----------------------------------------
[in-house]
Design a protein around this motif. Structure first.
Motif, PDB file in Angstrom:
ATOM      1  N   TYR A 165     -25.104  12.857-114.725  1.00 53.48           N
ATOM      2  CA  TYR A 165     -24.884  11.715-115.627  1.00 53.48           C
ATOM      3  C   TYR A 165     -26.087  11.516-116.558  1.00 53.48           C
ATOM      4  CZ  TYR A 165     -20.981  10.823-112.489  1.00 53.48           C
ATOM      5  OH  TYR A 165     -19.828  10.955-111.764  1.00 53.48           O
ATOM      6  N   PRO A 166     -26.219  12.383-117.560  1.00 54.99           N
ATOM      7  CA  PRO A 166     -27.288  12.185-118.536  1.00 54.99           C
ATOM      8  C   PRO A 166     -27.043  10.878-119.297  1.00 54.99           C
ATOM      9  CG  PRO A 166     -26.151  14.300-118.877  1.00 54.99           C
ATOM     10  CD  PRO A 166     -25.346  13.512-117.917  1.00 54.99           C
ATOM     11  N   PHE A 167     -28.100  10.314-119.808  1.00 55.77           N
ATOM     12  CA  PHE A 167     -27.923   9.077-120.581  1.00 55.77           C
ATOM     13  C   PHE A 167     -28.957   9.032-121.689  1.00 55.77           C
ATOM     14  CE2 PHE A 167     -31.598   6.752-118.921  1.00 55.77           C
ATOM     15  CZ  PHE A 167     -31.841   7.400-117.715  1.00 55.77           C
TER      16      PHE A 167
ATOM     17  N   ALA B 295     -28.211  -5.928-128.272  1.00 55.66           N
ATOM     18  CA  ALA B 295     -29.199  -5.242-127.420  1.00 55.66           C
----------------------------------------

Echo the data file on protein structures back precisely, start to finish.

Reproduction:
[in-house]
Design a protein around this motif. Structure first.
Motif, PDB file in Angstrom:
ATOM      1  N   TYR A 165     -25.104  12.857-114.725  1.00 53.48           N
ATOM      2  CA  TYR A 165     -24.884  11.715-115.627  1.00 53.48           C
ATOM      3  C   TYR A 165     -26.087  11.516-116.558  1.00 53.48           C
ATOM      4  CZ  TYR A 165     -20.981  10.823-112.489  1.00 53.48           C
ATOM      5  OH  TYR A 165     -19.828  10.955-111.764  1.00 53.48           O
ATOM      6  N   PRO A 166     -26.219  12.383-117.560  1.00 54.99           N
ATOM      7  CA  PRO A 166     -27.288  12.185-118.536  1.00 54.99           C
ATOM      8  C   PRO A 166     -27.043  10.878-119.297  1.00 54.99           C
ATOM      9  CG  PRO A 166     -26.151  14.300-118.877  1.00 54.99           C
ATOM     10  CD  PRO A 166     -25.346  13.512-117.917  1.00 54.99           C
ATOM     11  N   PHE A 167     -28.100  10.314-119.808  1.00 55.77           N
ATOM     12  CA  PHE A 167     -27.923   9.077-120.581  1.00 55.77           C
ATOM     13  C   PHE A 167     -28.957   9.032-121.689  1.00 55.77           C
ATOM     14  CE2 PHE A 167     -31.598   6.752-118.921  1.00 55.77           C
ATOM     15  CZ  PHE A 167     -31.841   7.400-117.715  1.00 55.77           C
TER      16      PHE A 167
ATOM     17  N   ALA B 295     -28.211  -5.928-128.272  1.00 55.66           N
ATOM     18  CA  ALA B 295     -29.199  -5.242-127.420  1.00 55.66           C